If you qualify as a military caregiver to a covered service member, then you may have the ability to take up to 26 weeks of unpaid leave to provide care to your loved one. In general, this means that the individual receiving care is your parent, spouse, child or that you are their legal next of kin.
Even if you meet the qualifications to serve as a caregiver, the individual receiving care must qualify as a covered service member. Covered service members must be:
- Currently serving members of a branch of the Armed Forces
- Currently receiving treatment or therapy or in recuperation or in outpatient treatment, or
- Temporarily retired due to disability because of serious illness or injury
In order for an injury to qualify, it must
- Occur in the line of duty, while on active duty
- Cause the service member to be unfit to serve in his or her established office or rank
- Either originate during active duty or become aggravated due to active duty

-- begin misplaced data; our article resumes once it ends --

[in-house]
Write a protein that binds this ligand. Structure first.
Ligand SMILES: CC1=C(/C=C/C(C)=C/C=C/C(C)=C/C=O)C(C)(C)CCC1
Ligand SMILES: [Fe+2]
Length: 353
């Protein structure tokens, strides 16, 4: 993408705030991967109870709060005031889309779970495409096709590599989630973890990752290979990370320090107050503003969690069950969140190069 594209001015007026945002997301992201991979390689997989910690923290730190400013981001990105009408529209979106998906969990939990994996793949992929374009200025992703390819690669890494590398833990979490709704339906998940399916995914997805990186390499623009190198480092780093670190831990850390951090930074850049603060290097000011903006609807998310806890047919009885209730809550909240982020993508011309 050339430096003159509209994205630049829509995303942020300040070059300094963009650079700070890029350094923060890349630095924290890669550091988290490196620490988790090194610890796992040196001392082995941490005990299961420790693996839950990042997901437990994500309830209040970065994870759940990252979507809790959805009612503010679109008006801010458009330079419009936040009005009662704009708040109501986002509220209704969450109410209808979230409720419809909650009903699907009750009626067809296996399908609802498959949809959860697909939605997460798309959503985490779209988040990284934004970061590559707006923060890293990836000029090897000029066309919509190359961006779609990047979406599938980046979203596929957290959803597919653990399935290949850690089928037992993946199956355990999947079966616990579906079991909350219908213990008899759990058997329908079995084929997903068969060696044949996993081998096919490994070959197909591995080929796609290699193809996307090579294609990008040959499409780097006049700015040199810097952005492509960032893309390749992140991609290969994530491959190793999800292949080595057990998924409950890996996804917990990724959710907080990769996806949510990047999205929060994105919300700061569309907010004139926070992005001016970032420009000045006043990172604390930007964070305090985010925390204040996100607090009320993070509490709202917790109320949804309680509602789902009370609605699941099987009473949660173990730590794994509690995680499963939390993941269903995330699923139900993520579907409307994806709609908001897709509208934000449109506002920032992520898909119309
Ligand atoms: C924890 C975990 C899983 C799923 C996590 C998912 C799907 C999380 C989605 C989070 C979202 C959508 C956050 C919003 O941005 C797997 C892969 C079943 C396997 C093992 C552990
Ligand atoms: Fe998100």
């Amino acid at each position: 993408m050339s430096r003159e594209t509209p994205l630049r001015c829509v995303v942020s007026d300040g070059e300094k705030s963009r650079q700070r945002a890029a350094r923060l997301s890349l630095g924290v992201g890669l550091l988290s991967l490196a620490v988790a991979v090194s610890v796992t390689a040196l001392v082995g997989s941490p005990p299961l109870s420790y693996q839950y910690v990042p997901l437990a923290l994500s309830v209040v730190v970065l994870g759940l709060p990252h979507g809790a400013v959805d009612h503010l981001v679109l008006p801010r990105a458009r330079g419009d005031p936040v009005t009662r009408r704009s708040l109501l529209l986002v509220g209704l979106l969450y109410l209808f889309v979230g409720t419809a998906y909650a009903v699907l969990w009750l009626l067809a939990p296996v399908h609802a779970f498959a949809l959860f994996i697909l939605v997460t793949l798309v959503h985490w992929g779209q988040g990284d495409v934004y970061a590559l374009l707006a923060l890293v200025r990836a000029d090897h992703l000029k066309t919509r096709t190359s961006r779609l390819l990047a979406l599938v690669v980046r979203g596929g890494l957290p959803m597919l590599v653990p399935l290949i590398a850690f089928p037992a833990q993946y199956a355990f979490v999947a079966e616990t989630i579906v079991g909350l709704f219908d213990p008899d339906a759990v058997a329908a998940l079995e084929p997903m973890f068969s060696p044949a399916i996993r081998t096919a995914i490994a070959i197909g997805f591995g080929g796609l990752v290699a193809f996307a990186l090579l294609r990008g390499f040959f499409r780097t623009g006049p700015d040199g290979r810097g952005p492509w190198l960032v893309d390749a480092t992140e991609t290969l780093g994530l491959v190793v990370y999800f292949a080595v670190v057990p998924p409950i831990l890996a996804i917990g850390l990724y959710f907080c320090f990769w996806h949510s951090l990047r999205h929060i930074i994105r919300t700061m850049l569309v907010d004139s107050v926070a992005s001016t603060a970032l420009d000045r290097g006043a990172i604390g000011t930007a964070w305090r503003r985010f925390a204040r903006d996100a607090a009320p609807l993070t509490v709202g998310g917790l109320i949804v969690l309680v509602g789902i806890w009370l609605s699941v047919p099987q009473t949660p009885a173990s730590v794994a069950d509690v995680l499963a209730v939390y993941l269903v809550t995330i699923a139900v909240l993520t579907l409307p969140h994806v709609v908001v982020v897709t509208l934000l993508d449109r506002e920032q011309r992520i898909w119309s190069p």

If you believe that your circumstances and the circumstances of the person you wish to qualify for military caregiver leave, you should fully explore the nuances of this complicated process.
It is always wise to gain a full understanding of the scope of such a complicated issue before committing to a large life change like taking many months of unpaid leave. An experienced attorney may offer guidance through this matter, helping you anticipate potential setbacks along the way and ensuring that you and your loved one remain protected through the strength of the law as you address the needs of a service member in need.
Source: U.S. Department of Labor, “